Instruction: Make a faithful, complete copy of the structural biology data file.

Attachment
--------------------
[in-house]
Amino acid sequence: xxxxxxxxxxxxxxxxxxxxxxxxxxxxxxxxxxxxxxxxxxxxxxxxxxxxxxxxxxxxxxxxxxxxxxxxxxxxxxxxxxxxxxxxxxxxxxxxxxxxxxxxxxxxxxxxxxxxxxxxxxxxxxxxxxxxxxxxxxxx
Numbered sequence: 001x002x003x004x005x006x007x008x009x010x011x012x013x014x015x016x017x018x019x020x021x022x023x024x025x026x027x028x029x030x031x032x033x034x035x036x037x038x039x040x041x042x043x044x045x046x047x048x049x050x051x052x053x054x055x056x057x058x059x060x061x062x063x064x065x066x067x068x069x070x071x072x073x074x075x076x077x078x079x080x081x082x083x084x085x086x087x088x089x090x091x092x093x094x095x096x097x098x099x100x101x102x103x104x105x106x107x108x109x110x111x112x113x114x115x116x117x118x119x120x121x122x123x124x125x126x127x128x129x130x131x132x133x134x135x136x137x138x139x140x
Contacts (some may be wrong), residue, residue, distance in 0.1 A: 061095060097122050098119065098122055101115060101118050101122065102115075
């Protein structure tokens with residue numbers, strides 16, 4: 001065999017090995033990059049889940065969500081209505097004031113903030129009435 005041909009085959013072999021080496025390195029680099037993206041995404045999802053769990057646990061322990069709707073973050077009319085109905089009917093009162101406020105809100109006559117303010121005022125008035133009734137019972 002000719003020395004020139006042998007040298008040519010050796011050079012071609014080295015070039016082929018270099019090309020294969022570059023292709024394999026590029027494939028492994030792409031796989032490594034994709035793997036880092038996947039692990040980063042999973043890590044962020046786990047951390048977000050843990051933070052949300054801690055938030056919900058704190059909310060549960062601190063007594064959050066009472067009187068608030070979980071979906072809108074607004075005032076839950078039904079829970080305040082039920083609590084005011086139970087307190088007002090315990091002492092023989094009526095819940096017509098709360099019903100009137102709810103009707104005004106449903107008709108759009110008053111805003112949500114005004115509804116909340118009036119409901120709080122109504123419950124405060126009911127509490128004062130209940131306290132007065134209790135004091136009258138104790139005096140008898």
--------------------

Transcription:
[in-house]
Amino acid sequence: xxxxxxxxxxxxxxxxxxxxxxxxxxxxxxxxxxxxxxxxxxxxxxxxxxxxxxxxxxxxxxxxxxxxxxxxxxxxxxxxxxxxxxxxxxxxxxxxxxxxxxxxxxxxxxxxxxxxxxxxxxxxxxxxxxxxxxxxxxxx
Numbered sequence: 001x002x003x004x005x006x007x008x009x010x011x012x013x014x015x016x017x018x019x020x021x022x023x024x025x026x027x028x029x030x031x032x033x034x035x036x037x038x039x040x041x042x043x044x045x046x047x048x049x050x051x052x053x054x055x056x057x058x059x060x061x062x063x064x065x066x067x068x069x070x071x072x073x074x075x076x077x078x079x080x081x082x083x084x085x086x087x088x089x090x091x092x093x094x095x096x097x098x099x100x101x102x103x104x105x106x107x108x109x110x111x112x113x114x115x116x117x118x119x120x121x122x123x124x125x126x127x128x129x130x131x132x133x134x135x136x137x138x139x140x
Contacts (some may be wrong), residue, residue, distance in 0.1 A: 061095060097122050098119065098122055101115060101118050101122065102115075
């Protein structure tokens with residue numbers, strides 16, 4: 001065999017090995033990059049889940065969500081209505097004031113903030129009435 005041909009085959013072999021080496025390195029680099037993206041995404045999802053769990057646990061322990069709707073973050077009319085109905089009917093009162101406020105809100109006559117303010121005022125008035133009734137019972 002000719003020395004020139006042998007040298008040519010050796011050079012071609014080295015070039016082929018270099019090309020294969022570059023292709024394999026590029027494939028492994030792409031796989032490594034994709035793997036880092038996947039692990040980063042999973043890590044962020046786990047951390048977000050843990051933070052949300054801690055938030056919900058704190059909310060549960062601190063007594064959050066009472067009187068608030070979980071979906072809108074607004075005032076839950078039904079829970080305040082039920083609590084005011086139970087307190088007002090315990091002492092023989094009526095819940096017509098709360099019903100009137102709810103009707104005004106449903107008709108759009110008053111805003112949500114005004115509804116909340118009036119409901120709080122109504123419950124405060126009911127509490128004062130209940131306290132007065134209790135004091136009258138104790139005096140008898």